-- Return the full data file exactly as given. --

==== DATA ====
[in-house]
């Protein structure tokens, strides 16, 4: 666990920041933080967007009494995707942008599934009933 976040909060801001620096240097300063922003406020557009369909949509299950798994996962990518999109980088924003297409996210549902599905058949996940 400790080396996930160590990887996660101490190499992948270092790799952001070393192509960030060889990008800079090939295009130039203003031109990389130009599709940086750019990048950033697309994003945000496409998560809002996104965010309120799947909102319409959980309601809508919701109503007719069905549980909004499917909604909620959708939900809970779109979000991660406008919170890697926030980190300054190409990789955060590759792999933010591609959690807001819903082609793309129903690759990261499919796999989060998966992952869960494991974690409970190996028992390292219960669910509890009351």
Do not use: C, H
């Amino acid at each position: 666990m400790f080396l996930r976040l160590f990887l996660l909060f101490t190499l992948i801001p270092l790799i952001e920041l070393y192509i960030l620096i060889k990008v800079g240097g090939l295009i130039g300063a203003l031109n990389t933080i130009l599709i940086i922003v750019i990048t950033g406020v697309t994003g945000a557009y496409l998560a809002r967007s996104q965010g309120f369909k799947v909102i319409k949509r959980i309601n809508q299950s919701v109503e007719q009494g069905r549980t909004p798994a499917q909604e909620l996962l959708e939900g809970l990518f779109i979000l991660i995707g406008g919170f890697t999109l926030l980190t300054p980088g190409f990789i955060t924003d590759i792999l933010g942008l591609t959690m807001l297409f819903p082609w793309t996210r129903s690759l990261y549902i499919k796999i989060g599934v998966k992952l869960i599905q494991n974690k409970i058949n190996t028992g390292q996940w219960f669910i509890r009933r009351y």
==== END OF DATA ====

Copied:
[in-house]
């Protein structure tokens, strides 16, 4: 666990920041933080967007009494995707942008599934009933 976040909060801001620096240097300063922003406020557009369909949509299950798994996962990518999109980088924003297409996210549902599905058949996940 400790080396996930160590990887996660101490190499992948270092790799952001070393192509960030060889990008800079090939295009130039203003031109990389130009599709940086750019990048950033697309994003945000496409998560809002996104965010309120799947909102319409959980309601809508919701109503007719069905549980909004499917909604909620959708939900809970779109979000991660406008919170890697926030980190300054190409990789955060590759792999933010591609959690807001819903082609793309129903690759990261499919796999989060998966992952869960494991974690409970190996028992390292219960669910509890009351």
Do not use: C, H
């Amino acid at each position: 666990m400790f080396l996930r976040l160590f990887l996660l909060f101490t190499l992948i801001p270092l790799i952001e920041l070393y192509i960030l620096i060889k990008v800079g240097g090939l295009i130039g300063a203003l031109n990389t933080i130009l599709i940086i922003v750019i990048t950033g406020v697309t994003g945000a557009y496409l998560a809002r967007s996104q965010g309120f369909k799947v909102i319409k949509r959980i309601n809508q299950s919701v109503e007719q009494g069905r549980t909004p798994a499917q909604e909620l996962l959708e939900g809970l990518f779109i979000l991660i995707g406008g919170f890697t999109l926030l980190t300054p980088g190409f990789i955060t924003d590759i792999l933010g942008l591609t959690m807001l297409f819903p082609w793309t996210r129903s690759l990261y549902i499919k796999i989060g599934v998966k992952l869960i599905q494991n974690k409970i058949n190996t028992g390292q996940w219960f669910i509890r009933r009351y």